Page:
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‘Arrival’ review: Amy Adams tries to communicate with space aliens

Jeremy Renner and Amy Adams try to communicate

Jeremy Renner and Amy Adams try to communicate with space aliens in "Arrival." Credit: Paramount Pictures / Jan Thijs

PLOT When aliens land on Earth, a linguistics professor is brought in to glean their intentions.

CAST Amy Adams, Jeremy Renner, Forest Whitaker

RATED PG-13 (language, some intense scenes)


BOTTOM LINE A familiar story about a close encounter, though well crafted and unusually moody.

In the movies, whenever aliens visit our planet, we Earthlings tend to split into two camps: military hawks and friendly doves. Generally speaking, the movies tell us we’re right to be freaked out (“Invasion of the Body Snatchers”), though occasionally the peaceniks win the day (“E.T.: The Extra-Terrestrial”).

“Arrival” falls squarely into the second camp, and it’s tempting to put a political spin on it in the wake of this week’s presidential election, one that hinged largely on how we regard newcomers to our shores. It’s certainly an unusually moody and sophisticated science-fiction drama, directed by the dependably somber Denis Villeneuve (“Sicario”) from Eric Heisserer’s austere script (based on a short story by Ted Chiang). It features phenomenal special effects and many shivery-good moments, but “Arrival” is at bottom a resolutely old-fashioned movie, essentially an update of 1951’s “The Day the Earth Stood Still.”

Amy Adams plays Louise Banks, a linguistics professor whose daily routine is interrupted by the news that 12 massive spacecraft are hovering a few feet over Earth’s surface. (Her face, as she watches a broadcast, is a tingly reminder of 9/11.) Colonel Weber, played by Forest Whitaker, recruits Louise and other experts — including cocky scientist Ian Donnelly (Jeremy Renner) — to commune with the aliens. “Priority One,” says Weber. “Why are they here, and what do they want?”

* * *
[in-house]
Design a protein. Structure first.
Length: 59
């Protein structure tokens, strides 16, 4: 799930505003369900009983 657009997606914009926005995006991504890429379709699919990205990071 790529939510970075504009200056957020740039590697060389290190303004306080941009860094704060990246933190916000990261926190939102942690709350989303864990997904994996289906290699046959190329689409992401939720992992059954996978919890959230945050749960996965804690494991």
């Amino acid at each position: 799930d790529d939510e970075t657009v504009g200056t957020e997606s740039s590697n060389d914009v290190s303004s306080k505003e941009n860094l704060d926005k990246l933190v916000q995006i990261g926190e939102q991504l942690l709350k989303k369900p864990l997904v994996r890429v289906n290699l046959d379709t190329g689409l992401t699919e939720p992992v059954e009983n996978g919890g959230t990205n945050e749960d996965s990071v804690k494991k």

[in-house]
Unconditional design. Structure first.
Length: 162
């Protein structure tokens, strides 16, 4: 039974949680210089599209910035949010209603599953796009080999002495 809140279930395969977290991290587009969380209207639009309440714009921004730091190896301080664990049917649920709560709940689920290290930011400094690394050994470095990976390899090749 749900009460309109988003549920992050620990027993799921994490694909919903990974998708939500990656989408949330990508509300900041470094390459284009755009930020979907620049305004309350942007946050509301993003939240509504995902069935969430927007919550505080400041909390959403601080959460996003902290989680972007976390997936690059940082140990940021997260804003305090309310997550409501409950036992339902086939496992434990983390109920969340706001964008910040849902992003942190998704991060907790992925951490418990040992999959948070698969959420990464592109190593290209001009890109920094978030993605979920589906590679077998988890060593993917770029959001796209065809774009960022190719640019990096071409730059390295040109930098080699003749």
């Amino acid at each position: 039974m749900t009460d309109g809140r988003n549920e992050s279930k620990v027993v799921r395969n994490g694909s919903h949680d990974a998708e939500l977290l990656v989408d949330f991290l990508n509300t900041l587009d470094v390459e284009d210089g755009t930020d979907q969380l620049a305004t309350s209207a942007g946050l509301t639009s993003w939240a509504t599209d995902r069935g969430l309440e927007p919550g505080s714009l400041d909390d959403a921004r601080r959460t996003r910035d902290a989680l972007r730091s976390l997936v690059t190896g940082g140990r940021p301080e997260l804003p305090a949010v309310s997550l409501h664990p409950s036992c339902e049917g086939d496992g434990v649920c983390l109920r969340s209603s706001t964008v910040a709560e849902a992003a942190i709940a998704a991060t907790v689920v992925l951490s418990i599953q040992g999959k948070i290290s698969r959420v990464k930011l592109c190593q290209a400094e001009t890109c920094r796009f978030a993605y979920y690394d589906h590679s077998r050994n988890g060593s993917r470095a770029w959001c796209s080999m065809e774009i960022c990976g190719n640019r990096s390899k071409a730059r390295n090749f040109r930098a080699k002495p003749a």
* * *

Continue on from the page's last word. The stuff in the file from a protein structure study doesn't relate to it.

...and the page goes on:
The best part of “Arrival” is its second act, which draws us — with exquisite slowness — into the strange ships (they look like giant stone eggs) and introduces us to the squid-like aliens, dubbed Heptapods. Most interesting is their complex writing, splattery circles that resemble the imprints left by wineglasses. The sense of mystery and discovery during these scenes is palpable.

“Arrival,” however, eventually settles into a familiar routine: When other nations rashly take up arms (in what feels like a knock against the Chinese, they’re the first to panic), Louise must race against time to decipher the aliens’ language and prove their good intentions. The solution is highly complicated and sometimes inventive, but also slightly contrived. A late reliance on English subtitles to explain the action tends to break the spell.

For sheer craft, “Arrival” is tough to beat. As mesmerizing as it often is, however, it’s hard to shake the sense that we’ve seen this movie before.

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